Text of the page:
After initial tests since spring, the Japanese government is apparently ready to integrate AI even more deeply into administrative processes.
According to Nikkei Asia, the government is cooperating with Microsoft, which will provide Meta's language models in addition to OpenAI's GPT-4. For this purpose, Microsoft has installed "powerful equipment with high processing power" in its data centers in Tokyo and Osaka.
The on-premises data processing is intended to address security and privacy concerns and allow other companies, which Microsoft is increasingly targeting, to work with the system. Microsoft also wants to improve the accuracy of the Japanese language.
AI is expected to help with various administrative tasks, such as drafting answers to parliamentary questions, taking minutes, and helping to analyze government statistics. Previously described use cases include automatically updating websites or preparing documents in FAQ format.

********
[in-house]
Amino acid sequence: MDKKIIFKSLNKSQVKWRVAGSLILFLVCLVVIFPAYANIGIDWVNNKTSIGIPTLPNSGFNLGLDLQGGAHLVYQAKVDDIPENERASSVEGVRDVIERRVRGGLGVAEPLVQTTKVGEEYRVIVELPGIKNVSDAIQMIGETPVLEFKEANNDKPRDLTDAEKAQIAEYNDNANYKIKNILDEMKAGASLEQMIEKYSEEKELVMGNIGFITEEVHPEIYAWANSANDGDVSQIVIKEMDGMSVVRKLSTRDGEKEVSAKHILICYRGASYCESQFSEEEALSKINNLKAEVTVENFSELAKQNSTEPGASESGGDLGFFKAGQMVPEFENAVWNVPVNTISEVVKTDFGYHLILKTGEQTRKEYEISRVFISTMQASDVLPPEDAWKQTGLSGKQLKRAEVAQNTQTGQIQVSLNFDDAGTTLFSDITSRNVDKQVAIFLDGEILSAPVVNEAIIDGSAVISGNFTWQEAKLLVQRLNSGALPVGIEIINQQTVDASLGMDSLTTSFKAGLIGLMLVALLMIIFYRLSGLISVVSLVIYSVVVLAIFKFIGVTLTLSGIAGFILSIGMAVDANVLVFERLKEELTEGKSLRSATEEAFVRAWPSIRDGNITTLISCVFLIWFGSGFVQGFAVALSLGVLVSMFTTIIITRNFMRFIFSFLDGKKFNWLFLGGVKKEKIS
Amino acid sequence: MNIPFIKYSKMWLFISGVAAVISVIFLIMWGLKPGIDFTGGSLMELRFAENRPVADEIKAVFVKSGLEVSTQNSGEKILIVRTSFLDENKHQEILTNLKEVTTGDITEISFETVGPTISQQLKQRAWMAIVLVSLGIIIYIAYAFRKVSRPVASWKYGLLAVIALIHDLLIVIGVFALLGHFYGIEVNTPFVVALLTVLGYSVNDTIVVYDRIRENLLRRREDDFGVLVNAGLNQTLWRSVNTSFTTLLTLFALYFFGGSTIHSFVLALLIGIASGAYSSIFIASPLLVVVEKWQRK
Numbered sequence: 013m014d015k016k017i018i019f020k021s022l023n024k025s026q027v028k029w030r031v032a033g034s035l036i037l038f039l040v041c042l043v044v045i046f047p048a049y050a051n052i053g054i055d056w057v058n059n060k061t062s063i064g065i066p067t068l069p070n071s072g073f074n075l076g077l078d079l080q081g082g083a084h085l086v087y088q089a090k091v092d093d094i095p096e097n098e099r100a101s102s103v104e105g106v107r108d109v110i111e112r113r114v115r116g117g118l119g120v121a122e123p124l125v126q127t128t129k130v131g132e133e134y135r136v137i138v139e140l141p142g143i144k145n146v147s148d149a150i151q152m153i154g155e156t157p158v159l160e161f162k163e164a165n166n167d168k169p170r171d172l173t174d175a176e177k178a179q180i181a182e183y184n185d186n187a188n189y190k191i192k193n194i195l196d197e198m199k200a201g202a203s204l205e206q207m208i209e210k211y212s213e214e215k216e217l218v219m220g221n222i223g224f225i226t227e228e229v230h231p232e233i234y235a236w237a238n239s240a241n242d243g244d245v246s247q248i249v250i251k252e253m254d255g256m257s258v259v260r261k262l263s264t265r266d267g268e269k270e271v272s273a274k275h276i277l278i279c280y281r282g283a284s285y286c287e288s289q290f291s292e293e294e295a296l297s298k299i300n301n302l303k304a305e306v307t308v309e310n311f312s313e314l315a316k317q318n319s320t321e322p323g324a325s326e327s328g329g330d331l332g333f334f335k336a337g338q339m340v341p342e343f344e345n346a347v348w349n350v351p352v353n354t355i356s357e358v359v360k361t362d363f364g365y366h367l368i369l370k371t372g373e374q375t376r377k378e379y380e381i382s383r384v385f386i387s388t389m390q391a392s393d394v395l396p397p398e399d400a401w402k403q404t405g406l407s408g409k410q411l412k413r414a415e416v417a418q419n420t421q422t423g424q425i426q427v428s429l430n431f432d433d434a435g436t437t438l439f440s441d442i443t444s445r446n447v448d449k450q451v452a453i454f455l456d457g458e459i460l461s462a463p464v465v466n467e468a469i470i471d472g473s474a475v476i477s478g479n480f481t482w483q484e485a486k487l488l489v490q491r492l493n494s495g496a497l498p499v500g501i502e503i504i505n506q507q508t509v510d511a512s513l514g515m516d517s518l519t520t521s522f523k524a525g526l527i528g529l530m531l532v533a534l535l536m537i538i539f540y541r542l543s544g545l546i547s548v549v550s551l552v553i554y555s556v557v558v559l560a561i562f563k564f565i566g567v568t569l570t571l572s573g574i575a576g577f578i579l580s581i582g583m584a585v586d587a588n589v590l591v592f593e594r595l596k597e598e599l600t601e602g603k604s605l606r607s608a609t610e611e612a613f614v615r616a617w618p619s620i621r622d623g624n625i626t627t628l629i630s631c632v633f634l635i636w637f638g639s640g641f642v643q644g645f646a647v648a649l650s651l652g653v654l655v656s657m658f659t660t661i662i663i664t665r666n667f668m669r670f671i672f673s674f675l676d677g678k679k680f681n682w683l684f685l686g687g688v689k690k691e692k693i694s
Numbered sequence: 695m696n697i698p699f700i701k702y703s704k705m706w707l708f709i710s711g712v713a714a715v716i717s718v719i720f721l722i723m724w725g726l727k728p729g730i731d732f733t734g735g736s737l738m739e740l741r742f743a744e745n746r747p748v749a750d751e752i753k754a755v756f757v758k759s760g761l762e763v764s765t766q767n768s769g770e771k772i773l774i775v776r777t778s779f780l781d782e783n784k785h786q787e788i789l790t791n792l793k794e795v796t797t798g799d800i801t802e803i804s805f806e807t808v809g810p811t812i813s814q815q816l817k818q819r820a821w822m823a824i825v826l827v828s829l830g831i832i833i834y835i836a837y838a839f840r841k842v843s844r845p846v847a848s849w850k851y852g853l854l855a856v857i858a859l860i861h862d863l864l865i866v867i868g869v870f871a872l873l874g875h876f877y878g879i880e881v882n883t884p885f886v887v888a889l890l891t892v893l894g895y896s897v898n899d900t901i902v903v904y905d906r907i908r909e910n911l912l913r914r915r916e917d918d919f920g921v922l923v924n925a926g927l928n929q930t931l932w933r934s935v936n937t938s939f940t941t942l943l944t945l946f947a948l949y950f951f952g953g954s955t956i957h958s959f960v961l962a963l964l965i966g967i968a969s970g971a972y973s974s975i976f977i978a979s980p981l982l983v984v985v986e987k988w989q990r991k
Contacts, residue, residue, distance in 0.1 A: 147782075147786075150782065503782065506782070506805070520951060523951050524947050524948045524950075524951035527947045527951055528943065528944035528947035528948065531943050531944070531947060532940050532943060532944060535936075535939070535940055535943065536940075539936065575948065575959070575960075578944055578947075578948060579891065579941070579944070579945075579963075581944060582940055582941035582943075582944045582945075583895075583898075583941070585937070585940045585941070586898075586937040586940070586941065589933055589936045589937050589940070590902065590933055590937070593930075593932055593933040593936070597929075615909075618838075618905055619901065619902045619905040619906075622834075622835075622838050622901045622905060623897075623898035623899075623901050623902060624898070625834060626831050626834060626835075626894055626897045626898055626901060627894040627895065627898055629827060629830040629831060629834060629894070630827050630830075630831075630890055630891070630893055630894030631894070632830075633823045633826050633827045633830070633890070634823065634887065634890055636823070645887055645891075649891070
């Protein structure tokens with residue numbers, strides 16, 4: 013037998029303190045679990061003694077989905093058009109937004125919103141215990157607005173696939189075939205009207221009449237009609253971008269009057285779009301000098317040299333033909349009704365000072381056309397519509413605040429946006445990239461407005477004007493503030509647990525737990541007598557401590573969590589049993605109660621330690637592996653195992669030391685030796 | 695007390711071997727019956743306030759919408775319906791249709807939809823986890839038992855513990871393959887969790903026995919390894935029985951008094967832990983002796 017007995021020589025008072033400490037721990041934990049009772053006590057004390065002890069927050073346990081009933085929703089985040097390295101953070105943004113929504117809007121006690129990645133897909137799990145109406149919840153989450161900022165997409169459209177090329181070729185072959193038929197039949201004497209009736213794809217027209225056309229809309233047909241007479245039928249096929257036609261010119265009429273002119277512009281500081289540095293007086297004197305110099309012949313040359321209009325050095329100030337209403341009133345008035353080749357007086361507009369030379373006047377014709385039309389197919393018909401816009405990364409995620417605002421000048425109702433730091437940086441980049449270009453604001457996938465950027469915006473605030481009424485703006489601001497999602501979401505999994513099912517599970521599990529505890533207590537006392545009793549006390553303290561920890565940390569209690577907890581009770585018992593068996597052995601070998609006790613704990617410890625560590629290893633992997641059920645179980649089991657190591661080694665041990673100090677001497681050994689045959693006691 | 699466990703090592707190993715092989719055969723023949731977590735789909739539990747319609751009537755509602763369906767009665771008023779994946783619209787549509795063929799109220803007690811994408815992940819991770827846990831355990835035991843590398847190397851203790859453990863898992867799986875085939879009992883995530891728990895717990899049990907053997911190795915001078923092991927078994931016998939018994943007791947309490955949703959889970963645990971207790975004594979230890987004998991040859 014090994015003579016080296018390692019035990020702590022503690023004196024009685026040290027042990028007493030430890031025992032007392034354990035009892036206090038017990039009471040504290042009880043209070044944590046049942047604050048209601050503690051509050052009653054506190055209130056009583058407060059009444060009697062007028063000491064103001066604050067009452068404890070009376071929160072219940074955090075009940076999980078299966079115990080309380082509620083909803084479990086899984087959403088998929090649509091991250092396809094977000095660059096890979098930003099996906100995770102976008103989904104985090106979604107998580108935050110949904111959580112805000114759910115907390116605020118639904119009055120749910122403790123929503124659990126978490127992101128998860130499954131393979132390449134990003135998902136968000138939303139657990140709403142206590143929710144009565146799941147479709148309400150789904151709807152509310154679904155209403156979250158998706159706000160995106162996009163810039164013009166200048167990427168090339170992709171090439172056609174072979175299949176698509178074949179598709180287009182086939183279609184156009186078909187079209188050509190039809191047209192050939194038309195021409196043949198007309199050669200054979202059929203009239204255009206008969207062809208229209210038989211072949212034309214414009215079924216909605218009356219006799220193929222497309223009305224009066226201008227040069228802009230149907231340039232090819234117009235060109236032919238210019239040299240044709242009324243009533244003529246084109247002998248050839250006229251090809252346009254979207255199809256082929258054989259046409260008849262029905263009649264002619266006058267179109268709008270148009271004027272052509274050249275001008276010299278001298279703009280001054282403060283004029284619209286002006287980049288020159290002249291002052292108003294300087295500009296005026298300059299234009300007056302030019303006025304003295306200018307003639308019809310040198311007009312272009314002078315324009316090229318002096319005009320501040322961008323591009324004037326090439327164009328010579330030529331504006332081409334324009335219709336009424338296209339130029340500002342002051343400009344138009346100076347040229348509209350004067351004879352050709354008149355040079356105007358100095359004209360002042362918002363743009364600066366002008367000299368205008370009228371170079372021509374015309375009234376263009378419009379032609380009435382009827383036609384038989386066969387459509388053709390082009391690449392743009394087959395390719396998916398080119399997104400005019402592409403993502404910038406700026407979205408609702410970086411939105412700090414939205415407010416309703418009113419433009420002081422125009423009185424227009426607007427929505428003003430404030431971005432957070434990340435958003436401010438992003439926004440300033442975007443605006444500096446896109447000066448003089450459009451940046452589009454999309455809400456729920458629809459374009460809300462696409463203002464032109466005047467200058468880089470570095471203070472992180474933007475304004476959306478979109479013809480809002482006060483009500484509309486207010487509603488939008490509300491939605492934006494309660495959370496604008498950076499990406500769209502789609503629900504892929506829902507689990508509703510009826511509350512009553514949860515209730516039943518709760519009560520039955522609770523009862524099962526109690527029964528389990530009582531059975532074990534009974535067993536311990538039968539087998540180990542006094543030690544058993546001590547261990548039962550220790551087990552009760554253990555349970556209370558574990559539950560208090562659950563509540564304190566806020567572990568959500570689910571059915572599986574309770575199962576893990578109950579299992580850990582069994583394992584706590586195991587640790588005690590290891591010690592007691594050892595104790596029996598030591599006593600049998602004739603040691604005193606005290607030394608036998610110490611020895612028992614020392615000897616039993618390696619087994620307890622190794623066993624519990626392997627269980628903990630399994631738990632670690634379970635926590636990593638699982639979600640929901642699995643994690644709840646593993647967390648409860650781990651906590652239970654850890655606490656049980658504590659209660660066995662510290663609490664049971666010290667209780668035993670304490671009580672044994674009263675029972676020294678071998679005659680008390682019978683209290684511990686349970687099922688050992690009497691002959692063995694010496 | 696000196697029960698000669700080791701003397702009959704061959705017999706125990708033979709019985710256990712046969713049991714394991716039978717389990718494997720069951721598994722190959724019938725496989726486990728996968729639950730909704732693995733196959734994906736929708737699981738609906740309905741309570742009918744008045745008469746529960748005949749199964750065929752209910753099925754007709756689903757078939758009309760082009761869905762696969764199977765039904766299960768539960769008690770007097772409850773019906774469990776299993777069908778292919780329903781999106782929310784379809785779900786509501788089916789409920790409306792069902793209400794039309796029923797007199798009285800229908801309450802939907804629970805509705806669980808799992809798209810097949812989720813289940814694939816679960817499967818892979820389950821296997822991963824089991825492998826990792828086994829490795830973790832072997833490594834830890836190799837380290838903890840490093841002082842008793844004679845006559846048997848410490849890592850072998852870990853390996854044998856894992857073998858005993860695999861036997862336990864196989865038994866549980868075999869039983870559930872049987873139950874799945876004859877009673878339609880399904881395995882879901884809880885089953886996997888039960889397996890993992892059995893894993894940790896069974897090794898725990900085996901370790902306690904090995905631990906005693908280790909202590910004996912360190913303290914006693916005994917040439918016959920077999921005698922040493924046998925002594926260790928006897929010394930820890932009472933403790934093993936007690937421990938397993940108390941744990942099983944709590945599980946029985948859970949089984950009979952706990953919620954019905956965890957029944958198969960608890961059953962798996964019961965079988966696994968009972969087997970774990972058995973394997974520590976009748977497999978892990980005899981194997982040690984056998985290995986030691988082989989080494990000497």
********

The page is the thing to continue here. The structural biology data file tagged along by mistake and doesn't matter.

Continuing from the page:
Japan's Digital Ministry is planning a budget of two million US dollars for the first year of operation. Testing is scheduled to begin in the fall. Several institutions, including the Ministry of Economy, Trade and Industry, are considering using the technology.
Did Meta help Microsoft close the deal?
The fact that Microsoft also sold Meta language models is interesting in the sense that it may have prevailed over OpenAI in this way: OpenAI CEO Sam Altman had already spoken with the Japanese government in April and reached initial agreements for testing. Now, Microsoft seems to have won the bid, possibly with the argument that it can provide more technology than just the OpenAI API.
The Wall Street Journal reported in mid-June on tensions between OpenAI and Microsoft, in part because the two companies are fighting for some of the same customers. Microsoft owns 49 percent of OpenAI, according to the WSJ.